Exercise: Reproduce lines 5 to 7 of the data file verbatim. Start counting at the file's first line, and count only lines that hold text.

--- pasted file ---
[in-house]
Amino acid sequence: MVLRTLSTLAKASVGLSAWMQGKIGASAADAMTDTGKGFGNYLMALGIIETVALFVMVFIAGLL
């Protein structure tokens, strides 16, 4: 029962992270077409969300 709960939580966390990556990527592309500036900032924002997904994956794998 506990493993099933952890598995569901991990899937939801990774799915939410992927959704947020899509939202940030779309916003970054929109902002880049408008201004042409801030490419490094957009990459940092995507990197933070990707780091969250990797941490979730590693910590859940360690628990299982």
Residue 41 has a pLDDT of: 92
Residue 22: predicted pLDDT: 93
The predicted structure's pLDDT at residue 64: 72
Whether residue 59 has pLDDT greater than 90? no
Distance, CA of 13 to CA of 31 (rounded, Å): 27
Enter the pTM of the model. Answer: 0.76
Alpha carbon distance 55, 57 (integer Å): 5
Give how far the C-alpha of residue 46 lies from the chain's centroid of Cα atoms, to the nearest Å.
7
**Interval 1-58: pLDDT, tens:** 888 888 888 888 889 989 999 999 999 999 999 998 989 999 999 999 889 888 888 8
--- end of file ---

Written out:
Residue 22: predicted pLDDT: 93
The predicted structure's pLDDT at residue 64: 72
Whether residue 59 has pLDDT greater than 90? no